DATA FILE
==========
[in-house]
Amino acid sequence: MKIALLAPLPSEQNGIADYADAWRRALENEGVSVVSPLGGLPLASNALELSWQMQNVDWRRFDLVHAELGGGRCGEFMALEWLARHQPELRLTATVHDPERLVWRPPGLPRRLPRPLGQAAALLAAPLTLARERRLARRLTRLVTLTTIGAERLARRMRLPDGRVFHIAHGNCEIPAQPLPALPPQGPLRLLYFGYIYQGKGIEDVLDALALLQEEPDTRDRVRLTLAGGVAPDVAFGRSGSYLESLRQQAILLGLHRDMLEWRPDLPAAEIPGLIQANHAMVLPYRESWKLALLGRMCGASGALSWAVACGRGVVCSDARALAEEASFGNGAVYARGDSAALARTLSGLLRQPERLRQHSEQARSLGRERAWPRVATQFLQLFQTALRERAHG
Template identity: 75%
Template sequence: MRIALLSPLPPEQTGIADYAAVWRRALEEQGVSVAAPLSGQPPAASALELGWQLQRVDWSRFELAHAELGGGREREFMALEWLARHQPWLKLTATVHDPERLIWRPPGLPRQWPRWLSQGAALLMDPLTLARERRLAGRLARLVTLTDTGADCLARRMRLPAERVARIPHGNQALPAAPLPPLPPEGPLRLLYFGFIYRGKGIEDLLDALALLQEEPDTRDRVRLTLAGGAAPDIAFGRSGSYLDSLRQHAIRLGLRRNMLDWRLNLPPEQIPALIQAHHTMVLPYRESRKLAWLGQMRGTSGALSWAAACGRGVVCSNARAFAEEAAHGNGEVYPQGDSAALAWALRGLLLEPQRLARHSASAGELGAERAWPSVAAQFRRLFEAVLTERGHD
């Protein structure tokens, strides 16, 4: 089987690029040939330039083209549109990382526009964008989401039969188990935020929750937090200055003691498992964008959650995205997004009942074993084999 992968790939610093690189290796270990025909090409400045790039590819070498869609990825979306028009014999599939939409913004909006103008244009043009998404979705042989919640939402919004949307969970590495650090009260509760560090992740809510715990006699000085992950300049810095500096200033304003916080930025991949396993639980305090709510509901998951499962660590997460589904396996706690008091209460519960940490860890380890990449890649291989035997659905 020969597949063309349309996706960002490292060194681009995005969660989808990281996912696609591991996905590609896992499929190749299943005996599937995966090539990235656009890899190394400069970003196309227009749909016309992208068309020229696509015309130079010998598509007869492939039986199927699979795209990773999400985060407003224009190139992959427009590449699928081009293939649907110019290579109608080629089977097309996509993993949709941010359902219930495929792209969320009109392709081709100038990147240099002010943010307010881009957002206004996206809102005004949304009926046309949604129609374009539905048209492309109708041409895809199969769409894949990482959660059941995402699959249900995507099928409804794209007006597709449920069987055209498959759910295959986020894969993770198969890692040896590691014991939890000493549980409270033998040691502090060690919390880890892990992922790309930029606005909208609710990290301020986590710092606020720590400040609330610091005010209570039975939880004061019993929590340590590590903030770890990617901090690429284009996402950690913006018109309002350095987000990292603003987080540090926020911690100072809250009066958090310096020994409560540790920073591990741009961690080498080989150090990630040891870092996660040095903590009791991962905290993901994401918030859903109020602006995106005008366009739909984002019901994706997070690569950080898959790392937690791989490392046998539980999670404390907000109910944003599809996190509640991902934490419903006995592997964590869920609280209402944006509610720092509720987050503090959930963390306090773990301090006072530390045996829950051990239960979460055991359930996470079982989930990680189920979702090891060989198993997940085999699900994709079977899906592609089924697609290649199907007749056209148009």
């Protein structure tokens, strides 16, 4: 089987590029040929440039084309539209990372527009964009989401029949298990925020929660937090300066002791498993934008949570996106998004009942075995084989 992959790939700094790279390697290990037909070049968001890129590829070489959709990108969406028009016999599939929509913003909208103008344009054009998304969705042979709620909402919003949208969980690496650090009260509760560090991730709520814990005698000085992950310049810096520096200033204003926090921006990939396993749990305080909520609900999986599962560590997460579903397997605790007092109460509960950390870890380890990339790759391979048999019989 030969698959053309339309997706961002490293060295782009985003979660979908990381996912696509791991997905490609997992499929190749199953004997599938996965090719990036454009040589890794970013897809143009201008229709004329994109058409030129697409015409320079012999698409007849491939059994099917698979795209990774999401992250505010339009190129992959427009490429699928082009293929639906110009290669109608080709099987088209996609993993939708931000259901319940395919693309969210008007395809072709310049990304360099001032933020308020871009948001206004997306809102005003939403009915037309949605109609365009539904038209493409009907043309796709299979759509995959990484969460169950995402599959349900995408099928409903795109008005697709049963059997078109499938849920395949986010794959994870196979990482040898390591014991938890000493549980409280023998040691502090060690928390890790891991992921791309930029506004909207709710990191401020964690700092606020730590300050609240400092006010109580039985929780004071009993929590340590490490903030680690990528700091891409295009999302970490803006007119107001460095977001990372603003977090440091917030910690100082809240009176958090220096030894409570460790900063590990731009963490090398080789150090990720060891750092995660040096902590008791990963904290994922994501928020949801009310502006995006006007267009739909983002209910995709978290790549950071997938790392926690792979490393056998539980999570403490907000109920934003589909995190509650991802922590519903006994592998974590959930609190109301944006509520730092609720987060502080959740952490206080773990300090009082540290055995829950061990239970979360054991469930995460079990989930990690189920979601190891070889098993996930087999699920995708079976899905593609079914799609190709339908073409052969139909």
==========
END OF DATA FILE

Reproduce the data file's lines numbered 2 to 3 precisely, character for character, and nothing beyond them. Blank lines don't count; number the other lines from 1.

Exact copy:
Amino acid sequence: MKIALLAPLPSEQNGIADYADAWRRALENEGVSVVSPLGGLPLASNALELSWQMQNVDWRRFDLVHAELGGGRCGEFMALEWLARHQPELRLTATVHDPERLVWRPPGLPRRLPRPLGQAAALLAAPLTLARERRLARRLTRLVTLTTIGAERLARRMRLPDGRVFHIAHGNCEIPAQPLPALPPQGPLRLLYFGYIYQGKGIEDVLDALALLQEEPDTRDRVRLTLAGGVAPDVAFGRSGSYLESLRQQAILLGLHRDMLEWRPDLPAAEIPGLIQANHAMVLPYRESWKLALLGRMCGASGALSWAVACGRGVVCSDARALAEEASFGNGAVYARGDSAALARTLSGLLRQPERLRQHSEQARSLGRERAWPRVATQFLQLFQTALRERAHG
Template identity: 75%